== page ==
Parliamentary approval needed for treaties

A report calling for parliamentary approval for treaties has been welcomed by the Law Society of England and Wales in light of the Rwanda treaty.

The House of Commons Public Administration and Constitutional Affairs Committee published its report Parliamentary Scrutiny of International Agreements in the 21st century today (29 January).

“MPs recognise that Parliament has an important constitutional role to play in the UK signing international treaties,” said Law Society vice president Richard Atkinson.

“If the committee's recommendations had already been in place, the Commons would have been able to hold a proper debate on the Rwanda treaty.

“Instead, despite the House of Lords voting in favour of delayed ratification and MPs’ calls for a proper debate on the treaty, the government have denied parliamentarians time for that scrutiny to take place.

“Given the Supreme Court found serious risks in the government’s Rwanda plan, this treaty ought to be scrutinised carefully to ensure the risks identified are fully addressed.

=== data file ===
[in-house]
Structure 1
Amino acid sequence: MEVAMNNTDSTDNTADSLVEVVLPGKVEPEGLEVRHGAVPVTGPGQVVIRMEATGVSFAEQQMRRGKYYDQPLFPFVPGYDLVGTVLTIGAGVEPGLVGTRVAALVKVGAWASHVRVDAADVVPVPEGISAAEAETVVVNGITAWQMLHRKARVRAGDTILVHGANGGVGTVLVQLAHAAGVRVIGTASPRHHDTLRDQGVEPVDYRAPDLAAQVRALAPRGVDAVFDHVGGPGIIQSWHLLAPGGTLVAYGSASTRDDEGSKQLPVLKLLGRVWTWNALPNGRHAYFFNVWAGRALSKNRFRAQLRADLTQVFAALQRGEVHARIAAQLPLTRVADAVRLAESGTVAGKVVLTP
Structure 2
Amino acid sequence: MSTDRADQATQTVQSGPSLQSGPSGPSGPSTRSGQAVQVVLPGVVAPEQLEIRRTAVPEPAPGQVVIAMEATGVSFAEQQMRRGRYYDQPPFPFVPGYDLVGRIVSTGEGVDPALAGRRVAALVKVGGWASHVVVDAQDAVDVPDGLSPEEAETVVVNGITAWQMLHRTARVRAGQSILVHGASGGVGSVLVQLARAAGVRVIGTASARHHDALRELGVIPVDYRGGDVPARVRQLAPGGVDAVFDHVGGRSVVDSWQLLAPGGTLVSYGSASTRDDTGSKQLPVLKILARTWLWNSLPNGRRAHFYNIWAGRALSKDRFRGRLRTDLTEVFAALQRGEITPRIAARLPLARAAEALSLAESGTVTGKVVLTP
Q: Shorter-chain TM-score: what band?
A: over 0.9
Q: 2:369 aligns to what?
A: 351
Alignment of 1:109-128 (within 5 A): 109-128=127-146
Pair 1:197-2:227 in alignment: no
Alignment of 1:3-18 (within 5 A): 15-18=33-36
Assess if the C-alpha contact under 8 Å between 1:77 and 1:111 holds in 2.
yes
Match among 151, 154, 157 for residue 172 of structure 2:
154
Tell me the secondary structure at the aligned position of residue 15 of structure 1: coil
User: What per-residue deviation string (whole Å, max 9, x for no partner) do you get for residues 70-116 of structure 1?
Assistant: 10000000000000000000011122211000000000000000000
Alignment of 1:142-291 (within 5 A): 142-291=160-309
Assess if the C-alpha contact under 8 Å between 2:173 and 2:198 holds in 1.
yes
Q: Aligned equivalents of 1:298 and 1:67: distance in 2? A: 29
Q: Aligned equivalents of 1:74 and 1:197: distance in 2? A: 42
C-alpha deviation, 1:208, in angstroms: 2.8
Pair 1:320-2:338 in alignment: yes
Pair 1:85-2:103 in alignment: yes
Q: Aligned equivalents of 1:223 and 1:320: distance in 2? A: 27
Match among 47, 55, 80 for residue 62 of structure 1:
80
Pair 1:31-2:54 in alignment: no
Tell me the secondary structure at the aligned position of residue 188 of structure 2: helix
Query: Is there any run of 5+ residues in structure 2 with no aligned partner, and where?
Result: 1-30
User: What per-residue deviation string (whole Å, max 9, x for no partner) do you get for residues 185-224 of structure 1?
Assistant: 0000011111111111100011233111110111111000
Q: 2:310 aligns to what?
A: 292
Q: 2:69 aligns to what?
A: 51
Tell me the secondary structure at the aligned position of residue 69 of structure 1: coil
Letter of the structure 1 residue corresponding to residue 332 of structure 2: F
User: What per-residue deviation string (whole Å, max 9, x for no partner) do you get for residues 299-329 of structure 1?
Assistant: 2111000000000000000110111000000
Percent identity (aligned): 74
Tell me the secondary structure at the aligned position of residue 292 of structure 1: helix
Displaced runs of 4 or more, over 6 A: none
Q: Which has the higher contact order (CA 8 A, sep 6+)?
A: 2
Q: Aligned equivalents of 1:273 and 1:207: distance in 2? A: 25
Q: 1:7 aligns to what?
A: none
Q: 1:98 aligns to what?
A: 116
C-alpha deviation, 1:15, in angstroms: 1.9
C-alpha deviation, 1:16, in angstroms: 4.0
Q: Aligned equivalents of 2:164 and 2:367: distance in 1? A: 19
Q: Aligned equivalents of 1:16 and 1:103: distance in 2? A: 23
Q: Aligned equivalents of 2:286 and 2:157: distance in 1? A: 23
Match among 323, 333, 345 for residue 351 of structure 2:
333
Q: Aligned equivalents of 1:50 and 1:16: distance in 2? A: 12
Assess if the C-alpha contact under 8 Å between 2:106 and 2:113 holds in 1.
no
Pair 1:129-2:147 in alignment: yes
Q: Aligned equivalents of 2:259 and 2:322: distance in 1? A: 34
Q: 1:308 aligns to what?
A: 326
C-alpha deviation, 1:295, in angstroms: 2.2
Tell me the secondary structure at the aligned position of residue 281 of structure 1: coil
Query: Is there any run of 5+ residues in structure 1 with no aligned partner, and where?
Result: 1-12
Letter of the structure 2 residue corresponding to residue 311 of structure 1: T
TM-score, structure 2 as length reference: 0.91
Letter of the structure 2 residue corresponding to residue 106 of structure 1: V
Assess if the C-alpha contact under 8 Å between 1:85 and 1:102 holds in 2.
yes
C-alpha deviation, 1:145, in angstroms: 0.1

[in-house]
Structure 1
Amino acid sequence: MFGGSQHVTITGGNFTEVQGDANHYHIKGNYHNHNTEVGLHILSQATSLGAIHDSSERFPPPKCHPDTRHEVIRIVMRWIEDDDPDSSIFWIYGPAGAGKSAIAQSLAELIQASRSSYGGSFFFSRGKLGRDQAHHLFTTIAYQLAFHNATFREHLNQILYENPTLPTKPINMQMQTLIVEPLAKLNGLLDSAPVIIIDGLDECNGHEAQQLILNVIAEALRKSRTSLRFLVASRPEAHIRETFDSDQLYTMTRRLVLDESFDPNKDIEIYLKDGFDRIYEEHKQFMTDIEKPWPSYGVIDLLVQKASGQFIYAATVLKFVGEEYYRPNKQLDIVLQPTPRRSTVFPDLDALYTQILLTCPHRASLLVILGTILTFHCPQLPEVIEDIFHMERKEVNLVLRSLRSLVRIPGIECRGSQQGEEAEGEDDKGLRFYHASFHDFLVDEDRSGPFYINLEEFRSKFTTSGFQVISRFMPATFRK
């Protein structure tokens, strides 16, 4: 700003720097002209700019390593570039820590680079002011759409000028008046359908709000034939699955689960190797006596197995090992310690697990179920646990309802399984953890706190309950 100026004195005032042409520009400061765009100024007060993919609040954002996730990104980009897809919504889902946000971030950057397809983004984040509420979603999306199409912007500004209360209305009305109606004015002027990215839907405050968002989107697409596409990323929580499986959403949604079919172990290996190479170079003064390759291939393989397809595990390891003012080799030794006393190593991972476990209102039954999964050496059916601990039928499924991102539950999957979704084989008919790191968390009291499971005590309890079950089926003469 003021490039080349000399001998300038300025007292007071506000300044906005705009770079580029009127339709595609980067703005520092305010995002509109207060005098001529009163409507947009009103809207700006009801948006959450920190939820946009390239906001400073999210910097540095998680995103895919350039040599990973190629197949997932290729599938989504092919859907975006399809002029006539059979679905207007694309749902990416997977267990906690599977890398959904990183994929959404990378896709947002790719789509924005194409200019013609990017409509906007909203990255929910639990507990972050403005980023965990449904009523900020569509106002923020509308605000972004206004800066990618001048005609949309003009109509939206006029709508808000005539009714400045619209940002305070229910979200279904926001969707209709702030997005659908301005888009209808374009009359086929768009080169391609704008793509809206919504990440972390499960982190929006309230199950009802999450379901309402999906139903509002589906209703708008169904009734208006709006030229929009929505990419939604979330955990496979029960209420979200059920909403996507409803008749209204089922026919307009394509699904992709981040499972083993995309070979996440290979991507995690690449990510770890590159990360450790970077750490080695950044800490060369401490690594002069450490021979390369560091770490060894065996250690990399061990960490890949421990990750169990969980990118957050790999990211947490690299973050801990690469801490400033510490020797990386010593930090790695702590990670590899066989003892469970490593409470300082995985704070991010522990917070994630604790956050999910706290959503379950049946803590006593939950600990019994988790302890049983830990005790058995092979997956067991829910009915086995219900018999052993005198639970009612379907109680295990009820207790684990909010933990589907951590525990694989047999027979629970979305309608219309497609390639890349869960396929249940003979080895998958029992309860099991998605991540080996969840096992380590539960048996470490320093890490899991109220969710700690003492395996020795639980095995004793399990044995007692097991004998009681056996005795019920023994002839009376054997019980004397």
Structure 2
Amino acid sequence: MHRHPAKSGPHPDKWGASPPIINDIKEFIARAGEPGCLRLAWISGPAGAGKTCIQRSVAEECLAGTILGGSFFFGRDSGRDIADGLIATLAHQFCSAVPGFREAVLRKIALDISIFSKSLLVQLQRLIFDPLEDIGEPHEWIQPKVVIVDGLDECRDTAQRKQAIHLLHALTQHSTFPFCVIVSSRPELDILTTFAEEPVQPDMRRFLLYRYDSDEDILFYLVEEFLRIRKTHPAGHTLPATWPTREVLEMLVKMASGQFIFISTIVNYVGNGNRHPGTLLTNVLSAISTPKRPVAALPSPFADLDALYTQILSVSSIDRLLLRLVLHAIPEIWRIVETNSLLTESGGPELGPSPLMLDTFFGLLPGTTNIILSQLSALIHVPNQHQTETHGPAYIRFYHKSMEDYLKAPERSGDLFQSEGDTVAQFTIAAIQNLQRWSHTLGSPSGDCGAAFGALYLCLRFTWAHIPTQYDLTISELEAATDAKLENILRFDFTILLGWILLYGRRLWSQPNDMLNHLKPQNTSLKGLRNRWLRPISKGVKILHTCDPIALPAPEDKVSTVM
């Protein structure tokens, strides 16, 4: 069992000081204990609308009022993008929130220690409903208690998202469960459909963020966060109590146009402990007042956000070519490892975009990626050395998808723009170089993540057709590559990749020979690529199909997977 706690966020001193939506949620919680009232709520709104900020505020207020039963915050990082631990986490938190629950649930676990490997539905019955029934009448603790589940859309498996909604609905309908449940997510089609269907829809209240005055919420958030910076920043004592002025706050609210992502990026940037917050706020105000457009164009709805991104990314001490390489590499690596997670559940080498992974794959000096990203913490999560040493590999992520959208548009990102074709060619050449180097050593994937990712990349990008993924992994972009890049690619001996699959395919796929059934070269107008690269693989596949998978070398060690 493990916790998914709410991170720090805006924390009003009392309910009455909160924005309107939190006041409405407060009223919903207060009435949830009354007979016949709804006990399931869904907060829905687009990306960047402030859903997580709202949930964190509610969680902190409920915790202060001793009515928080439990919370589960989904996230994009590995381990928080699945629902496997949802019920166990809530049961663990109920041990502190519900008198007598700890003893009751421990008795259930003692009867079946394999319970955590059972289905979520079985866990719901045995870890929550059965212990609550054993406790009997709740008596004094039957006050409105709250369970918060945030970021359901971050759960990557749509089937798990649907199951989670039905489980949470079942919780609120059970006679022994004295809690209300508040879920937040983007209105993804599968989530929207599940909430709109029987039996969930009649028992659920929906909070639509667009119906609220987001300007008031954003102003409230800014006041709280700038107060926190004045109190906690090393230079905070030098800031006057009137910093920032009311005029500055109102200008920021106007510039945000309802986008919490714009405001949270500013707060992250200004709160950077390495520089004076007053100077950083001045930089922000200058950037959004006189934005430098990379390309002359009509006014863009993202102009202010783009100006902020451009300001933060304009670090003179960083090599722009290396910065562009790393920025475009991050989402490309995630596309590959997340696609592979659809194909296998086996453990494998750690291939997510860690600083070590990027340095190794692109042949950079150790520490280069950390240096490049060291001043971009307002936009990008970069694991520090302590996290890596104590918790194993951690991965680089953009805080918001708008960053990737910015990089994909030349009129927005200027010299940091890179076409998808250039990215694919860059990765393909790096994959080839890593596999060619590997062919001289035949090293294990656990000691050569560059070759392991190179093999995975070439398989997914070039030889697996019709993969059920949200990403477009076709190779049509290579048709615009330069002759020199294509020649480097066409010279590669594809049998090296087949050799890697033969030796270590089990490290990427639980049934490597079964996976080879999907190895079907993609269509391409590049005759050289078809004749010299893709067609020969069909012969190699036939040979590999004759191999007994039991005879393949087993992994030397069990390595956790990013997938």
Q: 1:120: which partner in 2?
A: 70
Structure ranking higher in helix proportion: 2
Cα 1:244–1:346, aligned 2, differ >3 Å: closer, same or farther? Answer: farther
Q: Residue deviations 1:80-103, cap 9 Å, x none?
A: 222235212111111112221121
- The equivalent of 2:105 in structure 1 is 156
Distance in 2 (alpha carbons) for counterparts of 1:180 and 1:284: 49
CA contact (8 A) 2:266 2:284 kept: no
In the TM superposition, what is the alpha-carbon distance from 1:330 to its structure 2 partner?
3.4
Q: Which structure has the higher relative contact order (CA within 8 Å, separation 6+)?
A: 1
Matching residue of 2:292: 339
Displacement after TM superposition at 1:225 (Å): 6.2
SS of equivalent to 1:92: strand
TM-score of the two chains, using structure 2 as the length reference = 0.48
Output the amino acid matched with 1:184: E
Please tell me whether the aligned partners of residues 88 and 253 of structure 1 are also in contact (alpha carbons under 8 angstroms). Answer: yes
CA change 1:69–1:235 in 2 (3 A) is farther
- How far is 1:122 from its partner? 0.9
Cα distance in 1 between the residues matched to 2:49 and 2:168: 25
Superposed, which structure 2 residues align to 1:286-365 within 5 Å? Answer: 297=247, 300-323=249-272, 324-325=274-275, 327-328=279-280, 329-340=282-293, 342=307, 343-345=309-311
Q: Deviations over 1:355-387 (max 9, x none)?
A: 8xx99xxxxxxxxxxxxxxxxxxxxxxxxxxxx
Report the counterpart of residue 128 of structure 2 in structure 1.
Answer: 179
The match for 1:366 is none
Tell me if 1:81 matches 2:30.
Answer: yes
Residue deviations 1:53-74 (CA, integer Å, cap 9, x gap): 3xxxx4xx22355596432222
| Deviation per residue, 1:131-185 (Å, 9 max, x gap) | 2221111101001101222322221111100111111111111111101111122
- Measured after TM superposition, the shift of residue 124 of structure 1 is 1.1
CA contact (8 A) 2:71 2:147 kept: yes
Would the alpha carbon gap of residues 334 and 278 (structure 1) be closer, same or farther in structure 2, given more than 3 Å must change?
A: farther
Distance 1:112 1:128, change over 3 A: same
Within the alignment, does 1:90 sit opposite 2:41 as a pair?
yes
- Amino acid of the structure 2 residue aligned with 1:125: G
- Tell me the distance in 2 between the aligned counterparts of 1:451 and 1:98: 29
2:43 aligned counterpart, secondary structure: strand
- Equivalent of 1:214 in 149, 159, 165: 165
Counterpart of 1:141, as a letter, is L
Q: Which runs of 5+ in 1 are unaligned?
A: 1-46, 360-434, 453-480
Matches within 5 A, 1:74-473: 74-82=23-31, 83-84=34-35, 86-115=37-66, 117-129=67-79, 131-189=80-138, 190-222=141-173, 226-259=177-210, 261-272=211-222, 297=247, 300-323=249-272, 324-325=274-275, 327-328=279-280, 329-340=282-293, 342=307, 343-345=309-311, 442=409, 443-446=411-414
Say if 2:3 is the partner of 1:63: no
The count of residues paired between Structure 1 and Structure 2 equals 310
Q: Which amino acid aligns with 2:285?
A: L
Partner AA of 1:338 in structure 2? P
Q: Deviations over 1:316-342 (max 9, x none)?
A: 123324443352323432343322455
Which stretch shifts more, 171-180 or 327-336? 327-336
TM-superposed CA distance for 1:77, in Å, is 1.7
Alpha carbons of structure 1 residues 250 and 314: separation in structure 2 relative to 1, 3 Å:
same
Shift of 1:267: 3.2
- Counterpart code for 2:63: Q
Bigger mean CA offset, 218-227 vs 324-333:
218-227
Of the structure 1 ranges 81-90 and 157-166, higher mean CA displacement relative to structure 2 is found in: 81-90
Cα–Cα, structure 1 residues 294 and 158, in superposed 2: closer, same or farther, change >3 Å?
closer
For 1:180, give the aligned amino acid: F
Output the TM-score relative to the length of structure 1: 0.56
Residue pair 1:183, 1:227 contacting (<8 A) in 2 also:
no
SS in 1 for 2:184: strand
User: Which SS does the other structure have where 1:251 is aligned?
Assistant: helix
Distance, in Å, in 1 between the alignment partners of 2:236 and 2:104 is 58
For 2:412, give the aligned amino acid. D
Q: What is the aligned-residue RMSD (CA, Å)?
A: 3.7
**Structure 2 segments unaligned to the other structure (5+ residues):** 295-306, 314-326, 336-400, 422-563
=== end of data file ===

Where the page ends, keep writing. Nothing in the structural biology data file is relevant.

“The Rwanda treaty is an example of Parliament being sidelined as policy is made via international treaties. We hope that the committee’s recommendations will be given careful consideration and will open a wider discussion on how this situation can be resolved.”

Today, the House of Lords will debate the Safety of Rwanda Bill, which depends on the Rwanda treaty.

“This unworkable bill aims to set a dangerous legal and constitution precedent by legislating to overturn an evidence-based finding of fact by UK courts,” added Richard Atkinson.

“We urge peers to carefully scrutinise this bill and recognise the Supreme Court’s finding cannot be overturned overnight by parliamentary legislation.”

Notes to editors

See the report

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